The Maker Network: The Potential and Perils of Building Block Marketing

Peter Jarich
Peter Jarich

There’s been a lot made of the ‘maker movement’ over the past few years. Combining technology and a do-it-yourself ethos, ‘Maker Faires’ have popped up all over the world, fueled by advancements in software development, robotics, and 3D printing. For anyone upset by rampant consumerism, the maker economy is a cause for hope.

But, does it have any place in a telco network?

On some level, the answer has always been ‘yes.’ Vendors and carriers alike pull together network solutions from disparate components and disparate suppliers. Yet, recent messaging from vendors suggests that we’ll see a good deal of maker-ism injected into Mobile World Congress this year. Consider a few of the launches that have already taken place.

  • Ericsson Radio System. Billed as an “innovative modular system,” the new product family consists of diverse building blocks – baseband units, radios, power modules, cell site routers, backhaul links – aimed at speeding deployments and tailoring the RAN to an operator’s needs.
  • ALU 9926 eNodeB. While lacking the breadth of Ericsson’s ‘system,’ a combination of two baseband units and a ‘radio platform’ supporting multiple bands and integrated or standalone antennas carries with it a similar build-to-suit theme.
  • Nokia’s Telco Cloud. Over the course of a few days, Nokia Networks announced a spate of diverse launches, including OSS and CEM delivered from the cloud (sold as software, as a service, or as a solution) and the Nokia Radio Cloud featuring a “layered approach with different deployment models to optimize performance.”

To call any of these do-it-yourself propositions is obviously a bit of an exaggeration; none of them assumes a ‘build your own network’ strategy. Still, you get the idea. In the name of architectural flexibility, vendors are serving up solutions which might be delivered on an end-to-end basis, but don’t need to be. In some instances, this type of positioning should resonate with service providers: instances when the technology is mature and understood well enough where operators know their needs and pulling together disparate components isn’t that risky. Think the radio access network. In other instances, it’s going to be a tougher message to sell. Think newer technology shifts like telco cloud migrations. Sure, an operator could pull together myriad vendors (or components from one vendor) into a SDN or NFV migration, but the natural tendency for many operators may be to rely on clearly architected, end-to-end solutions until telco cloud requirements and capabilities are better understood. You need to walk before you run, right?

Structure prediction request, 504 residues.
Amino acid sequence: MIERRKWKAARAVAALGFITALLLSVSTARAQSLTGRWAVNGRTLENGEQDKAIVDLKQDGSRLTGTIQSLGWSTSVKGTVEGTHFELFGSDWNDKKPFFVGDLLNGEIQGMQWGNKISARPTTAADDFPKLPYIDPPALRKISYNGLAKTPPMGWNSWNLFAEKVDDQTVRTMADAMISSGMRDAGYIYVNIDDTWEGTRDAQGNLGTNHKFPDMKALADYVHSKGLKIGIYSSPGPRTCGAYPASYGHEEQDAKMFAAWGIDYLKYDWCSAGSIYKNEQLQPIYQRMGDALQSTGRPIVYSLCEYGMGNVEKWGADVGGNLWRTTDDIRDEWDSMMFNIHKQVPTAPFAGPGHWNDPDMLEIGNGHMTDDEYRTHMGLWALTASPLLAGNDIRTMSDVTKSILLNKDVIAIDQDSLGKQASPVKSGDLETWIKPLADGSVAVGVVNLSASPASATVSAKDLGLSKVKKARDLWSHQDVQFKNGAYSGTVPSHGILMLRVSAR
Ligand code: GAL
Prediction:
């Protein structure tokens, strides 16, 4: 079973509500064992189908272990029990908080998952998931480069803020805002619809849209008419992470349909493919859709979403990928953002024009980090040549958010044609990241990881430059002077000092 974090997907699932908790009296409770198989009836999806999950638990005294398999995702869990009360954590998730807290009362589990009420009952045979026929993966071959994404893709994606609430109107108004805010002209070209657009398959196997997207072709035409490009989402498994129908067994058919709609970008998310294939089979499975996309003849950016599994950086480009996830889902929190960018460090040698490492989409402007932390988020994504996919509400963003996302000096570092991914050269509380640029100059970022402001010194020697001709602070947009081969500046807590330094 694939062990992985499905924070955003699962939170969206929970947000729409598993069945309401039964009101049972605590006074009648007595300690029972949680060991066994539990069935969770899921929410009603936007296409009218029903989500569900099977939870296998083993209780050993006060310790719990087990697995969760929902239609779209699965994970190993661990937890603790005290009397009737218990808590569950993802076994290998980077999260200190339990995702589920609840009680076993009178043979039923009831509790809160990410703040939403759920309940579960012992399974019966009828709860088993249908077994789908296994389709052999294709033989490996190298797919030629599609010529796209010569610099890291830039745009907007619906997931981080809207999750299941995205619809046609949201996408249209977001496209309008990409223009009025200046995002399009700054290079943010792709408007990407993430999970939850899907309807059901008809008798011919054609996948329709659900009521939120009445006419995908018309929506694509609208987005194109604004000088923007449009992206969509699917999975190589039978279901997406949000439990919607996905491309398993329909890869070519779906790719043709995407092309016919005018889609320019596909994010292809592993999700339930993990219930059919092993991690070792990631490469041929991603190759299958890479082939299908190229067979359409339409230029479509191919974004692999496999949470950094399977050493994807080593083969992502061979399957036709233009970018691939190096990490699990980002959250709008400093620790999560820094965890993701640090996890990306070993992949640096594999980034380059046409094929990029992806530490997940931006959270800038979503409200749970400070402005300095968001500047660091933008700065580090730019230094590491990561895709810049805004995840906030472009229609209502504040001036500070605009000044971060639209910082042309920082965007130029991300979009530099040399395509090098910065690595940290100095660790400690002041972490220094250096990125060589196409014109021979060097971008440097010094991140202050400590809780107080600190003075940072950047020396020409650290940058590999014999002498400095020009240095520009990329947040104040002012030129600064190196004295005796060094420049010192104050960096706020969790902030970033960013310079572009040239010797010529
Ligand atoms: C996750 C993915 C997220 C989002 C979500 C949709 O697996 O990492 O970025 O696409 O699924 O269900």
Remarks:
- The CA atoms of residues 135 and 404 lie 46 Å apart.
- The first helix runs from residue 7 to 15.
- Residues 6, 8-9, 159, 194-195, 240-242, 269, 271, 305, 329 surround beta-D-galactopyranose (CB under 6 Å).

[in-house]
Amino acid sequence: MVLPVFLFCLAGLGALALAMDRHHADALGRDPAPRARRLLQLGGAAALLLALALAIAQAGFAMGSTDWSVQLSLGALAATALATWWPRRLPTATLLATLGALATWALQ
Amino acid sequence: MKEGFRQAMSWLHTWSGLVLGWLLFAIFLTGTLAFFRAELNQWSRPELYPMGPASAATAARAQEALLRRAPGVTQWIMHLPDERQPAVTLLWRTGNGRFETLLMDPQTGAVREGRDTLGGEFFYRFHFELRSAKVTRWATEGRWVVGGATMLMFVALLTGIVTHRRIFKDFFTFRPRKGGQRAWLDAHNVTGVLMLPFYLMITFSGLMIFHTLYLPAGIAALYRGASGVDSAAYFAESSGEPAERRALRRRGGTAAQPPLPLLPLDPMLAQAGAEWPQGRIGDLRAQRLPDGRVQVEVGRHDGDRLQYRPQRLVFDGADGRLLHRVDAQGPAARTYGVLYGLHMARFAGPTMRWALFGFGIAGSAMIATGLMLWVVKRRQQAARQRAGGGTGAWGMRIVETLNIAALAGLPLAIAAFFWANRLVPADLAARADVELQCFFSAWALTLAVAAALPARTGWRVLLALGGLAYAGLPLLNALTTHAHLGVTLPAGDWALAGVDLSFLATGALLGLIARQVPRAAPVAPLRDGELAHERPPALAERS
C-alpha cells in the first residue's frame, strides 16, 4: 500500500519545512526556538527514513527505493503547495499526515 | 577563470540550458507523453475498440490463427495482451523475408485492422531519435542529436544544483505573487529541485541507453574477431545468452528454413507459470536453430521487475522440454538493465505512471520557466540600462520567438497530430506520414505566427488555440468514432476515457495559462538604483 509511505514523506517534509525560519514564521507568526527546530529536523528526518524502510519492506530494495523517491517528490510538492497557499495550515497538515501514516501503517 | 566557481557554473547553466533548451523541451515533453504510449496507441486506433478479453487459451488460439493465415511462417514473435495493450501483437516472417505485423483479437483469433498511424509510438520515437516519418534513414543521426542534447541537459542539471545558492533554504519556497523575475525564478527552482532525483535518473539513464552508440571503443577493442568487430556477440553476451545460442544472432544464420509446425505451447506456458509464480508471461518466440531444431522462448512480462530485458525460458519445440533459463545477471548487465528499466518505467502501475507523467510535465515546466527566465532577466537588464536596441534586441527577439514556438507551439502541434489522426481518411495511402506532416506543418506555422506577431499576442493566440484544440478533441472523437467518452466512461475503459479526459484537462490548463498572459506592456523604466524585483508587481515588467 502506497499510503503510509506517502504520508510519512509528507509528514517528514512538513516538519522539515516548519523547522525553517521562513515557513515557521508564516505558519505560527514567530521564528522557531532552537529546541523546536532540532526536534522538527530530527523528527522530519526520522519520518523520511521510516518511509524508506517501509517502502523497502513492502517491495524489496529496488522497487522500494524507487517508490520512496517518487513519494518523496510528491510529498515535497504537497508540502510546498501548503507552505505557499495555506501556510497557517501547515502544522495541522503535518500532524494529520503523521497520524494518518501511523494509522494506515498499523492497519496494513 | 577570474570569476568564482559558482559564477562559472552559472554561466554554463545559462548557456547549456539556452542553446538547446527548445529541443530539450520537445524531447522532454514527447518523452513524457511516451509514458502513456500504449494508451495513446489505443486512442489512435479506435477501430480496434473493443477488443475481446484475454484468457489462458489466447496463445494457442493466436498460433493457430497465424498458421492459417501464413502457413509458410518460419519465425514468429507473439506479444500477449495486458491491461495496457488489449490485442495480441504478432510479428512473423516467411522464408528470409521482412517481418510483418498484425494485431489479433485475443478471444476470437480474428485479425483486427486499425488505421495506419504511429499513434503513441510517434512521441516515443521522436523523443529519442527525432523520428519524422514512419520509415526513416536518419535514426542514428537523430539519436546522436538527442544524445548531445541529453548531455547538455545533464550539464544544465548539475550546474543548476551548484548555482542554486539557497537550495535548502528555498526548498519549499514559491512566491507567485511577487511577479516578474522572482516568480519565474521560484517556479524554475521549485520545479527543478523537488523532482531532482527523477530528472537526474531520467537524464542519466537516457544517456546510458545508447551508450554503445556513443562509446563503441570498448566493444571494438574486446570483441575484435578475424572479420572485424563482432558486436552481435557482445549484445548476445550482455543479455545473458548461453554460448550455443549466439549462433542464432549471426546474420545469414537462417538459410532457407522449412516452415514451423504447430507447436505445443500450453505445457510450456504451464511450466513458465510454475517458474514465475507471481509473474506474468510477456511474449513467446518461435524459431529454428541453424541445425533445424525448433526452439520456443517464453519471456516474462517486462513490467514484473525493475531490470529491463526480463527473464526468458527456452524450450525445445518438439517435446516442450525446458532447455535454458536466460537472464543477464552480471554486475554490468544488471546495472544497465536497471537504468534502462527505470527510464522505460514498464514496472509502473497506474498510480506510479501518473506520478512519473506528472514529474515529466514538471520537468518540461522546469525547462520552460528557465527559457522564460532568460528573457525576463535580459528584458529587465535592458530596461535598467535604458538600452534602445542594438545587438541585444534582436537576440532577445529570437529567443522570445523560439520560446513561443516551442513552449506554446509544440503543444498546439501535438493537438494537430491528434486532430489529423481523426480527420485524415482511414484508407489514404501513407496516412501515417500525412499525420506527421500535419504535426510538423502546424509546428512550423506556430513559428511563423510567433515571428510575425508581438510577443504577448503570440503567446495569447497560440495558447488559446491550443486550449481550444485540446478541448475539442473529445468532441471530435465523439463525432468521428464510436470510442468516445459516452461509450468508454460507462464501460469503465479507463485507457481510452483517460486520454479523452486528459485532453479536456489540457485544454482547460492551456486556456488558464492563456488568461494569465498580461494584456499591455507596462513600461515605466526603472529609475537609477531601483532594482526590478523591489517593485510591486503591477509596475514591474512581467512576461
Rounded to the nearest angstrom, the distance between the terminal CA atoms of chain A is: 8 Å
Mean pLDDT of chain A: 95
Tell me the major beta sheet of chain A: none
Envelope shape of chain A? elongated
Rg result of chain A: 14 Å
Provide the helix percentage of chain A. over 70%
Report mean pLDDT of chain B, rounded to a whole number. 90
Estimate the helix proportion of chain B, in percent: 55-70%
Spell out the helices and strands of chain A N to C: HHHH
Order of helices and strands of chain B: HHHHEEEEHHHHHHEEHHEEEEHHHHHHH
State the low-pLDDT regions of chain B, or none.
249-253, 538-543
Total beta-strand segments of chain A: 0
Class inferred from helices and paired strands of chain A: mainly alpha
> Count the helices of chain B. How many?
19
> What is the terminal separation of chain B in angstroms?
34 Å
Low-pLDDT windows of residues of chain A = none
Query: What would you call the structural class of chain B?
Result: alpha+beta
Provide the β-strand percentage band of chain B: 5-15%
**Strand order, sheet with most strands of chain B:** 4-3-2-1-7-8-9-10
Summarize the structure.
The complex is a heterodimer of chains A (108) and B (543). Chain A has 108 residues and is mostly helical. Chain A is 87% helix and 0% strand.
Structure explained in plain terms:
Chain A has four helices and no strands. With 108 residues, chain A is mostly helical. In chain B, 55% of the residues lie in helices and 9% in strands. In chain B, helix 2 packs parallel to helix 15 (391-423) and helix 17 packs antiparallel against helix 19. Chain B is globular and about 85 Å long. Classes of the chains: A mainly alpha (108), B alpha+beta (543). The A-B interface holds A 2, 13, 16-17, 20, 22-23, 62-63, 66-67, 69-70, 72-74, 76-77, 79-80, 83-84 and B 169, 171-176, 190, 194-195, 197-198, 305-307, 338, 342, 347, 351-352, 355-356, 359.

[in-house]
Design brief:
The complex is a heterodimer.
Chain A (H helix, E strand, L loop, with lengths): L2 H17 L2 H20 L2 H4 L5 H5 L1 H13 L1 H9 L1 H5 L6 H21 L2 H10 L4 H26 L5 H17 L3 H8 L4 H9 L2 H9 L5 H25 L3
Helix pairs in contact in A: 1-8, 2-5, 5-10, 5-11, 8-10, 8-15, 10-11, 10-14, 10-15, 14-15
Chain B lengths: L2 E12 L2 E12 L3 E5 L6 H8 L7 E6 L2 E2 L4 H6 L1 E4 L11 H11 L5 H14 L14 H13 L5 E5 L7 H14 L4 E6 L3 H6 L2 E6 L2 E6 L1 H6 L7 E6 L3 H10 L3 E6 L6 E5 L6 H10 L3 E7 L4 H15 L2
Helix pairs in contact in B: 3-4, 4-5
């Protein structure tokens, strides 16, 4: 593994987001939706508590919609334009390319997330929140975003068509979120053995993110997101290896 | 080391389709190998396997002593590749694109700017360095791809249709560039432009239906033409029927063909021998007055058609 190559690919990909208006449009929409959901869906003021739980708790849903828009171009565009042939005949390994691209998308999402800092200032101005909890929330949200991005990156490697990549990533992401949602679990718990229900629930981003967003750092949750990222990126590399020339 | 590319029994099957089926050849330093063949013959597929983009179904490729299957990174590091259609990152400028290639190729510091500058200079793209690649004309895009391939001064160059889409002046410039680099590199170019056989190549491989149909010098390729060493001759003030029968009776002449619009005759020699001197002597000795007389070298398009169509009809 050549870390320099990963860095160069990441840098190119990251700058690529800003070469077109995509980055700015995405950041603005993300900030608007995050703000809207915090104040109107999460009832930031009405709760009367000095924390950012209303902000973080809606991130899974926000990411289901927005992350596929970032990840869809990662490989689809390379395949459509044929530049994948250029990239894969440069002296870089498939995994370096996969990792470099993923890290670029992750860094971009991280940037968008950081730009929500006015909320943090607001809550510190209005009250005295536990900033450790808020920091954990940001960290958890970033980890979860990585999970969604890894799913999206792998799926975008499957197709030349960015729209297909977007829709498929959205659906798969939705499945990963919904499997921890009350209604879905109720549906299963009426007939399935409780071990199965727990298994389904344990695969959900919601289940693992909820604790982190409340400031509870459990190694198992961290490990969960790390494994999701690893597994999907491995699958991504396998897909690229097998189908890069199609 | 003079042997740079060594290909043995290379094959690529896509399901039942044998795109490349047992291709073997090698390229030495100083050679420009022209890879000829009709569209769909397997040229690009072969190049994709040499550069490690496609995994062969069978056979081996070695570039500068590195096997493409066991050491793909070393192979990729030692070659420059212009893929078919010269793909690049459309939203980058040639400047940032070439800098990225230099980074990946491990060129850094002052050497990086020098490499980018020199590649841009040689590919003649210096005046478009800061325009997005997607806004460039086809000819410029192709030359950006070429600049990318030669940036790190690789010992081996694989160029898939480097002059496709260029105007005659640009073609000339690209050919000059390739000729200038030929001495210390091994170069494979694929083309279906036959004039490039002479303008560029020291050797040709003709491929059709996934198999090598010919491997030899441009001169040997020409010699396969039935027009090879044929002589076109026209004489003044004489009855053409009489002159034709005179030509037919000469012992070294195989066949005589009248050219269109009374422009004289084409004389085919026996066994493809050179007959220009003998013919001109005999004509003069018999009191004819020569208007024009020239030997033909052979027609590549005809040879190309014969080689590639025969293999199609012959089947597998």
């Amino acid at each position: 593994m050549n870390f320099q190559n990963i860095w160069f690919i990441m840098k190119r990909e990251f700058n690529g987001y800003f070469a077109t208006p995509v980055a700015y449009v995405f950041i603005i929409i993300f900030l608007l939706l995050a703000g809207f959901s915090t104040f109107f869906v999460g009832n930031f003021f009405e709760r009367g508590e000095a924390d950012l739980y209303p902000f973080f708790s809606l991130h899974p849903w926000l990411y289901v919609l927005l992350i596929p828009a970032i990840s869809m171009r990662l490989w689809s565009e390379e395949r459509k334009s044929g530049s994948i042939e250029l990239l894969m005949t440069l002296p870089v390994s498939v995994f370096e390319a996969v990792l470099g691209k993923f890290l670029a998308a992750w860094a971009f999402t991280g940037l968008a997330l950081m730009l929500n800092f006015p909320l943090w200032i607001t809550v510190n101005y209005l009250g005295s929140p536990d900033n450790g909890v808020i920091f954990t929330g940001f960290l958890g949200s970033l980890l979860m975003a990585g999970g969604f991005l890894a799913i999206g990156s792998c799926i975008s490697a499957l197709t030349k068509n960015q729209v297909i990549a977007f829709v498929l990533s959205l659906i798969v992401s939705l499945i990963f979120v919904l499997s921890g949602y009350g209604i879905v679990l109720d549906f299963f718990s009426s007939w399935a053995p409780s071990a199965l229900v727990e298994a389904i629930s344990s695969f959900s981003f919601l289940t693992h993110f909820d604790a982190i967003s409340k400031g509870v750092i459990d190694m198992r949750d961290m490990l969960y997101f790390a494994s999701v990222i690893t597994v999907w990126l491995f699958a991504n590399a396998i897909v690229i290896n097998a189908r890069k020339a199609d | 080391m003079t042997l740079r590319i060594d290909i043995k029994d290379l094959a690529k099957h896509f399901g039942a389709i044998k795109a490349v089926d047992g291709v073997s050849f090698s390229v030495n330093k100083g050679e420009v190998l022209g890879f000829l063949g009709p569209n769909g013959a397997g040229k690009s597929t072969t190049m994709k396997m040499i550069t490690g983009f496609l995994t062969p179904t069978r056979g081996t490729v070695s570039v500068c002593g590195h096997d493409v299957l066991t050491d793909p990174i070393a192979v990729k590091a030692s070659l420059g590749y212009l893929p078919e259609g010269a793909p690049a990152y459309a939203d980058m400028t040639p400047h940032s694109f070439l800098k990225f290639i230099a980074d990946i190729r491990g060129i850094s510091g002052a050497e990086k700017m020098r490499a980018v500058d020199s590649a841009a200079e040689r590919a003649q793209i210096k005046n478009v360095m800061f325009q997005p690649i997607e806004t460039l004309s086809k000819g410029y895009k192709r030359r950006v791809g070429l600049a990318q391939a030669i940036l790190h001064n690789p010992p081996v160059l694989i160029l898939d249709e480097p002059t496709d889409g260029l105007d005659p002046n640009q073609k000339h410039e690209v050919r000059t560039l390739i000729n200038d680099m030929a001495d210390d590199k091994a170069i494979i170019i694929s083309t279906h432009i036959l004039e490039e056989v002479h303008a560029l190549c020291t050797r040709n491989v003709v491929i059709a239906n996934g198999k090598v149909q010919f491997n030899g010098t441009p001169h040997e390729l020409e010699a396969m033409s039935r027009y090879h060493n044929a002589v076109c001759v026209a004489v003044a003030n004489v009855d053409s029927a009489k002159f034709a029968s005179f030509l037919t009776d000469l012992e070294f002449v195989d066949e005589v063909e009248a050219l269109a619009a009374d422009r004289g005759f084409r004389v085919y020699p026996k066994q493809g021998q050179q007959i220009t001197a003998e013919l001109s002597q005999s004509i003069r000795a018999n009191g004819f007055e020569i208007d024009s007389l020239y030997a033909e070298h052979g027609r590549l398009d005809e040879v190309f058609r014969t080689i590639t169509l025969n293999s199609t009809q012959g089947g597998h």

Of course, there are two ways to solve for this problem.

One is simply about product positioning vs. sales. Portfolios might be positioned as modular or multi-layered, but that doesn’t mean they can’t (or shouldn’t) be sold as complete solutions with specified architectures. The other is about services. If portfolio flexibility allows an operator to build solutions perfectly suited to their specific needs, professional services are there to help figure out how to put the puzzle pieces together. In the end, as much as vendors might talk up the value of modularity, it’s this service component which may help to make it sale-able while helping generate additional business consulting, network planning, and integration revenues in the process.

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